Marvel successfully picked up the gauntlet on the unenviable task of uncomfortably cramming a movie universe with a Hollywood budget into a much cheaper TV-sized box.
Agents of S.H.I.E.L.D. handles this problem deftly; with the expected pilot episode spend seemingly squandered in the first 10 minutes – the first act consisted almost entirely of non-stop action.
Opening on a quiet father and son moment as they look in the window of an action figure store (cleverly laying the ground work for a world inhabited by superheroes), the street quickly descends into screaming chaos, with an explosion, a fire and unveiled super powers captured on film.
From here the pace drops slightly as the camera focuses on a man with an innocuous looking tray (if there can be such a thing – a tray being among the first things one might think unusual for a suited and booted chap to carry around town with him).
The ensuing, largely wordless scene features a marvellous bit of close-quarter combat, which uses a small apartment kitchen to full advantage, and it’s always pleasing to see a woman react with a casual air to violence when presented with it, as the blonde in question commits to the fullest possible eye-roll and makes a sauntering exit.
Helmed by the director of The Avengers (Joss Whedon), there was never a safer pair of hands for the job of this potentially tricky transition from silver screen to TV.
His skill in plotting momentum within an episode, balancing kicks with quips, creates an artful wave which ebbs and flows in princely dance resplendent.
The dialogue throughout is fantastic, as the same writing trio who created Dr. Horrible (Joss Whedon, his brother Jed Whedon, and his sister-in-law Maurissa Tancharoen are employed here to fine effect.
Whedon has a built a splendid reputation over recent decades, for taking events which are ostensibly supernatural in tone, and rooting them firmly in the experiences of the common man, a rule to which S.H.I.E.L.D. is no exception.
This makes for a more realistic tone than The Avengers movie and goes a long way to excuse any potential feelings o f the mundane in the show’s scope.
But, his true skill lies in his dialogue and plot exposition, which confounds the average scriptwriter.
Ahead of the release of the series, the most asked question was invariably: how are they going to explain Agent Coulson still being alive?
To this question, over-complicated in the hands of some, Joss is content to serve a pithy one liner, rather than fling wasted words and a plot line which relies on a major suspension of disbelief. This is a comic universe you know fanboys.
It is hinted at that he maybe a Life Model Decoy and as he recounts his brush with death at the hands of Loki in the Avengers, by suggesting all can be healed by a trip to Tahiti: “It really is a magical place.”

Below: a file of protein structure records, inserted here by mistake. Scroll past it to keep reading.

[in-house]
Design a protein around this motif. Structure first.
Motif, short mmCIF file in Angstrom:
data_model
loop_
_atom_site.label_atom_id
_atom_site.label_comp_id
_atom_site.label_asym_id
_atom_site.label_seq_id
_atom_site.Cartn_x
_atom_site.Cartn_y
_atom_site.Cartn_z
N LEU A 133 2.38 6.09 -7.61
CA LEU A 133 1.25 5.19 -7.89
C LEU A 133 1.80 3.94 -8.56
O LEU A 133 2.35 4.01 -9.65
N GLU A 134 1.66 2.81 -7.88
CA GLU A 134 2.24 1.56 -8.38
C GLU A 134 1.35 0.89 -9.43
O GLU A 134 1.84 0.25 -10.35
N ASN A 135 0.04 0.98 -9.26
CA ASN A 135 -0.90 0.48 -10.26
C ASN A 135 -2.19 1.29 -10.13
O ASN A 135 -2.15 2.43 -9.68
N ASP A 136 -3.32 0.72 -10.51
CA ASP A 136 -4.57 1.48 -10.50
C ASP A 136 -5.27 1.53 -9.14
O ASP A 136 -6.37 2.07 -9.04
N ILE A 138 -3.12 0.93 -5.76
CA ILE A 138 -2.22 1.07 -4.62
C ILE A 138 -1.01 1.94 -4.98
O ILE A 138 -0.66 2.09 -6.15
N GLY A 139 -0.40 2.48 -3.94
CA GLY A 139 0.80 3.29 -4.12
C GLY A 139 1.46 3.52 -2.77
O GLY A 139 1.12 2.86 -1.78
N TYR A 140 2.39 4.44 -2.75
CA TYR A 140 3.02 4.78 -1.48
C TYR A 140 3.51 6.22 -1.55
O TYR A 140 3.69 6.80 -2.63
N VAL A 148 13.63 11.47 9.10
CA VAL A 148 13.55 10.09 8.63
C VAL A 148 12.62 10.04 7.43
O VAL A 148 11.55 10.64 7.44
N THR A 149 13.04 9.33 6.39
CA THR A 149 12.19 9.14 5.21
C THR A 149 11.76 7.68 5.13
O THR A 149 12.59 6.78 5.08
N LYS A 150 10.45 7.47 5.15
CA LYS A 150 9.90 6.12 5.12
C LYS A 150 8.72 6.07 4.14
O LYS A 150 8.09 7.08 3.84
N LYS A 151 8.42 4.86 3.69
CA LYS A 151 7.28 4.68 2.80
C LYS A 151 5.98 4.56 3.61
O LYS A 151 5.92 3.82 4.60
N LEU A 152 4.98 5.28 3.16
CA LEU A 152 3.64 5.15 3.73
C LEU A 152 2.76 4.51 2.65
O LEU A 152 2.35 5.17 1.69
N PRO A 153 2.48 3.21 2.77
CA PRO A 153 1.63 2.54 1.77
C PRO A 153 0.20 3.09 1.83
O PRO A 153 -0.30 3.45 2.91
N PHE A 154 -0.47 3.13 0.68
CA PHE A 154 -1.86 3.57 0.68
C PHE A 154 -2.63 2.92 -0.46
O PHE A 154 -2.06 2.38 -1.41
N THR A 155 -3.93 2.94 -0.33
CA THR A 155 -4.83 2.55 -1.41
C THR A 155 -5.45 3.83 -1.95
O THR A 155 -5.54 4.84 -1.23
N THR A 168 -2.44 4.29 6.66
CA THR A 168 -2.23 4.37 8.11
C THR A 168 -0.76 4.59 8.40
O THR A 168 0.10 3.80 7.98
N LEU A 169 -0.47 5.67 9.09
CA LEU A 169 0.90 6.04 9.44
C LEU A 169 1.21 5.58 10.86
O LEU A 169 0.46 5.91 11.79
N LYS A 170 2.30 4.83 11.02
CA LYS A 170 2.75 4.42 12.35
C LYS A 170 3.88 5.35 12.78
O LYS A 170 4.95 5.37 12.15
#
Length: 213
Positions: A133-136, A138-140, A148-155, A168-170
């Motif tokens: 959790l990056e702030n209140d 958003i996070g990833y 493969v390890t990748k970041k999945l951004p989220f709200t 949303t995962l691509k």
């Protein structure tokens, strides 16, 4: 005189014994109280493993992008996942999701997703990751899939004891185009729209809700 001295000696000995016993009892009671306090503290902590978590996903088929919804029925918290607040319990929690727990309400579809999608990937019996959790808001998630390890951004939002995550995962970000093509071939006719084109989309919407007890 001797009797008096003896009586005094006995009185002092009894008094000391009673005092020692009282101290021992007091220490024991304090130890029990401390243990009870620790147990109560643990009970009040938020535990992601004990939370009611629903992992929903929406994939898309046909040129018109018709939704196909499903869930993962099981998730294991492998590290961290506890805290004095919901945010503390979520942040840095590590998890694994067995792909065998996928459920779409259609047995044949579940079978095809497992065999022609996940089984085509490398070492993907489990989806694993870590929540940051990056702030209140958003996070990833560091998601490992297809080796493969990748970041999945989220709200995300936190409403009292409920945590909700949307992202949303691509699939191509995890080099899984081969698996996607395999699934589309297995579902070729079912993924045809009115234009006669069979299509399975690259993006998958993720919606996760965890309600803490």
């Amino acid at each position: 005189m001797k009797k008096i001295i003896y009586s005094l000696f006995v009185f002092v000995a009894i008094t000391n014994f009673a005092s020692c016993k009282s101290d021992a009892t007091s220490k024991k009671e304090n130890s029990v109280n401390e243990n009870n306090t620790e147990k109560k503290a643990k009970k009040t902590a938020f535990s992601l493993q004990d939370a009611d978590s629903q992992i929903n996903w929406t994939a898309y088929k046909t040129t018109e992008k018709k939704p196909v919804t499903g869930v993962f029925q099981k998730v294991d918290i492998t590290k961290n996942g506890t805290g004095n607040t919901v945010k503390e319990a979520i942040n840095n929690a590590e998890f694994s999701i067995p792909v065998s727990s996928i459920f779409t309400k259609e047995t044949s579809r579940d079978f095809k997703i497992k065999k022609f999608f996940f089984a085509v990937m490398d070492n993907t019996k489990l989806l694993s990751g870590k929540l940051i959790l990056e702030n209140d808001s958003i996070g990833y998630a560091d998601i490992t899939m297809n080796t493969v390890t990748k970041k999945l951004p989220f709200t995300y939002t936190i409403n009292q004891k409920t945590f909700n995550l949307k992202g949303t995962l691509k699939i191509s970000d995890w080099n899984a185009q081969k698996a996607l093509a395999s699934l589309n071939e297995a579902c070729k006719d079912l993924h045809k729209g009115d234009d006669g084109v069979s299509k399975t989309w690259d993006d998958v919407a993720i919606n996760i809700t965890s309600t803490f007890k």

Agent Coulson also seems to have developed ninja like skills later in the episode when he dodges the exploding door of a van with a Matrix style backwards bend.
Regardless of the whys and wherefores of Coulson’s mysterious resurrection to the Marvel universe, the show is all the richer for his existence.
Coulson’s wry wit illuminates the screen, played to perfection by Clark Gregg, and many of the funniest lines in the pilot are uttered from his lips. Emerging from the shadows for his first appearance, he quips: “Sorry, that corner was really dark and I couldn’t help myself. I think there’s a bulb out.”
The cast surrounding Coulson’s lynchpin are all essentially Whedian: a cherry picked group guaranteeing a fabulous ensemble piece.
The clever, the kooky and the downright odd are flung together on the most mysterious of outings, in a quest barely explained to the viewer, let alone the players involved.
The settings are magnificent: epic in scale, yet not flashy. The gigantic mobile central command unit is obscenely beautiful, an understated minimalist wet dream, with every surface richly plush or slickly polished.
So sumptuous is this feast for the eyes, that in itself, it lends a dash of humour to the wonderful juxtaposition of a high tech paradise, with the ramshackle outfit run by Skye (Chloe Bennet), a member of the opposition (a group named the Rising Tide).
The soundtrack is expertly used. Scoring as a humourous device is often overlooked, and it is handled splendidly here. The show is littered with it, rounding off the production so well that it even holds up to a second watch – to enjoy things missed while dazzled or chuckling.
The story arc is well handled throughout the show, helped by a protagonist you can empathise with. When Michael Peterson’s (J. August Richards) supernatural awakening becomes assured, there is a wonderfully self-referential couplet uttered when confronting his Doctor: “This is a disaster.” “No. It’s an origin story.”
As Peterson’s predicament worsens, he becomes a catalyst to drive the action, and a ticking clock combined.
A human being built entirely of plot devices helps to carry off a tense finale at Union Station, culminating in some ‘job well done’ looks askance betwixt the players.
If there is one criticism, it is that there would have been a strong argument for a feature-length first episode, to extrapolate the depths of the characters assembled.
This world has been given the swiftest of introductory handshakes, but one which hints at shining promise.
As the groundwork for what could be a gleaming monolith is laid, Agents of S.H.I.E.L.D. threatens to loom over the rest of the TV offerings this autumn.